Buy now, pay later: a timebomb for the impulse shopper

Jenni Hill
Finances expert
minute read
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Posted 26 OCTOBER 2021

Just when we thought online shopping couldn’t get any easier, the soaring availability of buy now, pay later (BNPL) schemes means that we don’t even have to pay for our purchases upfront anymore. 

What is buy now, pay later?

Much like shopping from a traditional catalogue, BNPL schemes such as Klarna, Clearpay and Laybuy allow you to purchase goods on credit and pay for them after a set interest-free period, or in instalments. 

For some of us, BNPL payment options are a convenient way to shop as it lets us ‘try before we buy’. 

This means if we order clothes or shoes, that we no longer want or don’t fit, then we can return them before the first payment is taken. 

While for others, having flexibility about when to pay is handy as it means not having to wait until you have the cash in your bank account before shopping. 

For people looking for the best bargains and deals that are only available during a limited timeframe, this means that they need not miss out. 

However, for some shoppers, the fact that it’s possible to use more than one BNPL provider at the checkout without their mounting debts being flagged to other firms or lenders could have long-term consequences. Failure to repay the debt can result in a damaged credit score.

A fifth of shoppers said that they'd be unable to meet repayments without borrowing more money

Buy now, pay later products have rapidly increased in popularity, with transactions tripling in 2020 as the pandemic drove more online shopping. Research from shows that 58% of 18-24 year olds had used BNPL more since the pandemic began with nearly a fifth saying they’ve missed at least one repayment in the last 12 months. 

New protection on the horizon

Over Christmas 2020, spending on these schemes rose by 5% to an average of £211 per customer, even though almost 10 million people were furloughed at some point last year and 750,000 have lost their job.To make matters worse, a fifth of shoppers said that they'd be unable to pay back Christmas spending without borrowing more money.

The consumer website Resolver reported that it had received 17,500 complaints about BNPL services in the last two years. 

It said that some examples of complaints include customers being chased for payment, despite items already being returned and accepted by retailers and also being charged late payment fees for returned items.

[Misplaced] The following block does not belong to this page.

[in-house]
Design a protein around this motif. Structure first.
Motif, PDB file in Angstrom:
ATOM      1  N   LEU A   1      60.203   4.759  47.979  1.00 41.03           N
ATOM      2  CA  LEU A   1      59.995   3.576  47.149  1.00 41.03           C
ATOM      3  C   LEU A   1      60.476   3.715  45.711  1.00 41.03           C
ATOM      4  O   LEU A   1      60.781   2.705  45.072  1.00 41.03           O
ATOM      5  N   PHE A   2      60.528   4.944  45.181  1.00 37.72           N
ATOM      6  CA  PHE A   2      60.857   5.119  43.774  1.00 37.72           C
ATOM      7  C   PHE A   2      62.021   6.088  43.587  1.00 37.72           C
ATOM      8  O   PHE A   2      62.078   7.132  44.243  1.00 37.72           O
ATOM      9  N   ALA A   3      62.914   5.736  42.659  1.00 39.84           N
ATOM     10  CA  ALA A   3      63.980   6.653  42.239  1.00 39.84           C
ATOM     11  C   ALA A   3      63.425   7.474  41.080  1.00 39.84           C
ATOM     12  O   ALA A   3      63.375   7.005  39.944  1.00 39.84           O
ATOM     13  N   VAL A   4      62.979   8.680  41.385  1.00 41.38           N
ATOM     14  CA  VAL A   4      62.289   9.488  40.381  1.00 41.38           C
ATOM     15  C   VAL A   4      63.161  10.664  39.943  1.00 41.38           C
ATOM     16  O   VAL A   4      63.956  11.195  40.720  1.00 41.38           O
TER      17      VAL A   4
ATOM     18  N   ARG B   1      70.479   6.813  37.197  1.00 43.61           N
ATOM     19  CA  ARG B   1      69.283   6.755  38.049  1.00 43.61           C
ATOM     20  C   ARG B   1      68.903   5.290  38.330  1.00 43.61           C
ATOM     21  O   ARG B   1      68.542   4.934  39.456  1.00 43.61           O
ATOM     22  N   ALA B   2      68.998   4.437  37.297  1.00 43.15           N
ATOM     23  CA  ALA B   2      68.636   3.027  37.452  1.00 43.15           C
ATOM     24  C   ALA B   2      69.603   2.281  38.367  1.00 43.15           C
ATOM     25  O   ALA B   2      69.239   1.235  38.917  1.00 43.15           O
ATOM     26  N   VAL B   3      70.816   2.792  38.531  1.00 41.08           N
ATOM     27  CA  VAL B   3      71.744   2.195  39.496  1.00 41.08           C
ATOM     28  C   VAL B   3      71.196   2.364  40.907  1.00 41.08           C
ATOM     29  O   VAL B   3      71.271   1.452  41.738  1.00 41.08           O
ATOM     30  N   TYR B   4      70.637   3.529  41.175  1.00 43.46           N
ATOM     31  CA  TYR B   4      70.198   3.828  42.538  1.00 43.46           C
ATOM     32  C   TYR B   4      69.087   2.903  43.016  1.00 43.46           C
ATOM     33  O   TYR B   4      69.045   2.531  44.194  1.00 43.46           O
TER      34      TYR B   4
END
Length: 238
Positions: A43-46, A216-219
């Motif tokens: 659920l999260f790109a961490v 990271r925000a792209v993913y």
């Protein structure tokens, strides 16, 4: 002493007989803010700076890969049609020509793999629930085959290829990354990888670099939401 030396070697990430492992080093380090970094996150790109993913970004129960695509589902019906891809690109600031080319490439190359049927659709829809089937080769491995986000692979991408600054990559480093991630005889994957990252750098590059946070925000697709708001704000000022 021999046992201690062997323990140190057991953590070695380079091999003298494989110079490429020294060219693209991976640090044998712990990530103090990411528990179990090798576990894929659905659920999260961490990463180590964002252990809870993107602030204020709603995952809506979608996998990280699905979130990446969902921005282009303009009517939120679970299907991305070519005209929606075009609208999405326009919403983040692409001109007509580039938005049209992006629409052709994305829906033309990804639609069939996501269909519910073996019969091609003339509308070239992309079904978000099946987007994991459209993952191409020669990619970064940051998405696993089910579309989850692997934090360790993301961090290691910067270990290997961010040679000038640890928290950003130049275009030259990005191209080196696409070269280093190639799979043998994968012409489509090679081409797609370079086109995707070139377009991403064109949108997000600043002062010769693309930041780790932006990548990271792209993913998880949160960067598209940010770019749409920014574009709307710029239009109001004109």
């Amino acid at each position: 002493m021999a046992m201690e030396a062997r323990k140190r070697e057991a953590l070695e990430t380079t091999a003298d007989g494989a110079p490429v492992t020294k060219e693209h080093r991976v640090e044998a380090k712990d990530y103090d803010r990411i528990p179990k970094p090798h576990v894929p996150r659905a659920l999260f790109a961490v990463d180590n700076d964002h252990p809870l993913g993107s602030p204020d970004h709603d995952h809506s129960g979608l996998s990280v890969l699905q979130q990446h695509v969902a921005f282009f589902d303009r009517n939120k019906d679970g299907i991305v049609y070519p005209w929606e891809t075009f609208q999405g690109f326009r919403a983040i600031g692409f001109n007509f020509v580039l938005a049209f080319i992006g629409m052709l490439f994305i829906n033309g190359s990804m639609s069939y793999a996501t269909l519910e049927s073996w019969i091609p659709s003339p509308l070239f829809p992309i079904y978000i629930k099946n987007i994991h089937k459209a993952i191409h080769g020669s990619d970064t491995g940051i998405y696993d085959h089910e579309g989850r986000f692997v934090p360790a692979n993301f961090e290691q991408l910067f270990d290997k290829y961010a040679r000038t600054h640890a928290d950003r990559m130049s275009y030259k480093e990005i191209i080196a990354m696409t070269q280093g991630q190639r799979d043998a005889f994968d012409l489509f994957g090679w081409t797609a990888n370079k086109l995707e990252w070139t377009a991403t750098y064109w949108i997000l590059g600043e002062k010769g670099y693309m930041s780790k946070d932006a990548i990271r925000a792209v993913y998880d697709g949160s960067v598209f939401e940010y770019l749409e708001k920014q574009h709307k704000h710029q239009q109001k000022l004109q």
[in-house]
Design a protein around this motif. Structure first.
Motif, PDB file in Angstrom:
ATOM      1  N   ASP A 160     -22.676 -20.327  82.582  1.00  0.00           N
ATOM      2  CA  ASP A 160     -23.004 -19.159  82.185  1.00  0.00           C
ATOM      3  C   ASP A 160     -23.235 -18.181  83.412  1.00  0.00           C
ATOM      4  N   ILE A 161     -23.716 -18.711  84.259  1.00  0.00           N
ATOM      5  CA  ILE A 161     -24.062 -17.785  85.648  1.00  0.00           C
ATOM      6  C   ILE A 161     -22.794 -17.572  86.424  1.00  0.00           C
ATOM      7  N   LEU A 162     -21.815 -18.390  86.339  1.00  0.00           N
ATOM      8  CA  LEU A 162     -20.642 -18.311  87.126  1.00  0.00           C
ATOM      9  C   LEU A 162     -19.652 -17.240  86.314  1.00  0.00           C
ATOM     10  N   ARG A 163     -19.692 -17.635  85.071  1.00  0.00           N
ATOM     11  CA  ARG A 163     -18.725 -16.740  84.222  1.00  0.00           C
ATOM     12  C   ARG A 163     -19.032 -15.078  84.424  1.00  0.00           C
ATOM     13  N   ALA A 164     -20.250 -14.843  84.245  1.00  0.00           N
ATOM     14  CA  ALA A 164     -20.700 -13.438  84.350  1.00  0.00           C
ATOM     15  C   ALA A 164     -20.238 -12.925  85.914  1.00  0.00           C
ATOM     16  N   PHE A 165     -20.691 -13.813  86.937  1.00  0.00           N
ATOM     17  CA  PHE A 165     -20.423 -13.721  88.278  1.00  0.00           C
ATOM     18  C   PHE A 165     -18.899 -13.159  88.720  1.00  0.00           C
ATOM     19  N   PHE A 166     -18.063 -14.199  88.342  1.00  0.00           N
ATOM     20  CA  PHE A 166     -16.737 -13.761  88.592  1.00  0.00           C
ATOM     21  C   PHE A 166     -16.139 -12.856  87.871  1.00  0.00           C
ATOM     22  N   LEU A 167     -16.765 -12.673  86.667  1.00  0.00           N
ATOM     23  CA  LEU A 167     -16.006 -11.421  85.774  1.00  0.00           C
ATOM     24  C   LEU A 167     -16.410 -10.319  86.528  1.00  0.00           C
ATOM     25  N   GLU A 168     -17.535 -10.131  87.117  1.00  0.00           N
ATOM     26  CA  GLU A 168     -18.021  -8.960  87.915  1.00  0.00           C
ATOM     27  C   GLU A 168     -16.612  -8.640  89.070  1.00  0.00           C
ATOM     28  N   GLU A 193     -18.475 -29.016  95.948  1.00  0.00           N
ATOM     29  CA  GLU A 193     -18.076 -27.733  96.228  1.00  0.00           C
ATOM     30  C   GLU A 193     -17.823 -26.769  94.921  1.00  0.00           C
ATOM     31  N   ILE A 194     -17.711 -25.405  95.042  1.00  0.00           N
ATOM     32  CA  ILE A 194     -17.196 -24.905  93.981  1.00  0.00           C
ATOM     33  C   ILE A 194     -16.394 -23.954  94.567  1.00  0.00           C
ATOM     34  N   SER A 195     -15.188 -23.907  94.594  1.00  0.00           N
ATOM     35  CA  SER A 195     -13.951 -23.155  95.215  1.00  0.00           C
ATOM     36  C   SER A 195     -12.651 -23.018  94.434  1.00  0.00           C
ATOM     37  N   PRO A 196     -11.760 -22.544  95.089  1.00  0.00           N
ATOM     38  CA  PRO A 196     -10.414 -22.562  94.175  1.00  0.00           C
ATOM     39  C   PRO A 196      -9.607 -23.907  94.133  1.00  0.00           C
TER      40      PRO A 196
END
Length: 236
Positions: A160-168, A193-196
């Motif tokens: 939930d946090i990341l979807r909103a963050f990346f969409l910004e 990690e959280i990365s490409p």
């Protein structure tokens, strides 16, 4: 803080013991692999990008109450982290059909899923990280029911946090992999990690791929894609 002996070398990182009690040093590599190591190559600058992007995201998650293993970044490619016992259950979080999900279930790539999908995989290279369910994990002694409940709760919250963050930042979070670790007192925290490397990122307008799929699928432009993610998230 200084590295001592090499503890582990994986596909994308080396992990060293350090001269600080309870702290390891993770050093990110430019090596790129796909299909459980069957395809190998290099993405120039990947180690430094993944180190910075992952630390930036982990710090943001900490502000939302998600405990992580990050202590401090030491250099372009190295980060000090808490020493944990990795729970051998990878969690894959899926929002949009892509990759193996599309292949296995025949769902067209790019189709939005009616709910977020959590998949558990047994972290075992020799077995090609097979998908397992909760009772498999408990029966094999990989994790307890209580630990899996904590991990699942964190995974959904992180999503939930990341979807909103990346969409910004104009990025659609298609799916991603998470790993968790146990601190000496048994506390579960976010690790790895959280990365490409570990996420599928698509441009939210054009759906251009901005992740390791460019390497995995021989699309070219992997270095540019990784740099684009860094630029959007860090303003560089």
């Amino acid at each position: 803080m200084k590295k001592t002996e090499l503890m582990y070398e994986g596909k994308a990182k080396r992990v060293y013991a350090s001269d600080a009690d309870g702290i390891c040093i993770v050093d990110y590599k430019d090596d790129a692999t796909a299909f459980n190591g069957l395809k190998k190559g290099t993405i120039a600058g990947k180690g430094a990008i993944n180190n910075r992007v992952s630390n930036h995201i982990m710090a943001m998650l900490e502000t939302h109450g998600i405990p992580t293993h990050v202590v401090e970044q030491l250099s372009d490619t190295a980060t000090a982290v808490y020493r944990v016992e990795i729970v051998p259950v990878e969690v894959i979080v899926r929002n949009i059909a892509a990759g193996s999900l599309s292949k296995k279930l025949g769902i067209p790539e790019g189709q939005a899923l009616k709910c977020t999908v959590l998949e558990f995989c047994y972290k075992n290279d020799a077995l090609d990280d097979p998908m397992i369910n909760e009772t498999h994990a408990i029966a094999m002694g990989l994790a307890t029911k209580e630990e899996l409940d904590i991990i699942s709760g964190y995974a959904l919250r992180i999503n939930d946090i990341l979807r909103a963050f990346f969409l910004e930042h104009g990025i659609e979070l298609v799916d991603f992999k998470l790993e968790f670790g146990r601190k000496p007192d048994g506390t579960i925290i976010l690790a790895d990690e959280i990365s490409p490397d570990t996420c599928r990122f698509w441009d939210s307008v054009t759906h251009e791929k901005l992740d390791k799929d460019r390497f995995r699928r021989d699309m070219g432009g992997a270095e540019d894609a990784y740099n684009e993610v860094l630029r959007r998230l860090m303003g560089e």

Alice Tapper who runs the popular Instagram account Go Fund Yourself led a campaign calling for urgent changes to be made. 

Alice argued that consumers need greater protection when things go wrong and demanded an end to “confusing” and “emotionally manipulative” adverts. 

“The objective was never to suggest that these products are all bad,” she explained. “It was the hundreds of people who shared their story with the campaign who made it painfully clear that the lack of regulation is at the expense of consumers, particularly the young and vulnerable.” 

In February, it was announced that BNPL agreements will be brought into regulation by the Financial Conduct Authority (FCA). This means BNPL firms will have to conduct proper affordability checks before lending and ensure customers are treated fairly if they are struggling to repay the loans. (The FCA is the organisation that oversees all banking and finance regulation in the UK.) 

It will also give consumers the right to complain to the Financial Ombudsman Service if things go wrong. (The Financial Ombudsman Service is there to resolve any disputes you may have with a financial organisation.) 

The decision comes after months of campaigning from MPs, consumers and finance experts who accuse some of these firms of misleading advertising, confusing terms and conditions, and encouraging customers to spend more than they can afford.

3 things to do right now...

Before you buy, ask yourself if you would have made the purchase if BNPL hadn’t been an option. 

BNPL repayments are normally fortnightly or weekly so have a repayment plan in place.

If you need help with debt, StepChange and the Debt Advice Foundation are charities that give free, confidential, impartial advice. The Money Advice Service, an independent service set up by the government, also offers free and impartial advice through a free phone line or via online chat.

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Don’t forget that while you may think that this article is brilliant, it is intended for information purposes only and should not be mistaken for financial advice or recommendations.

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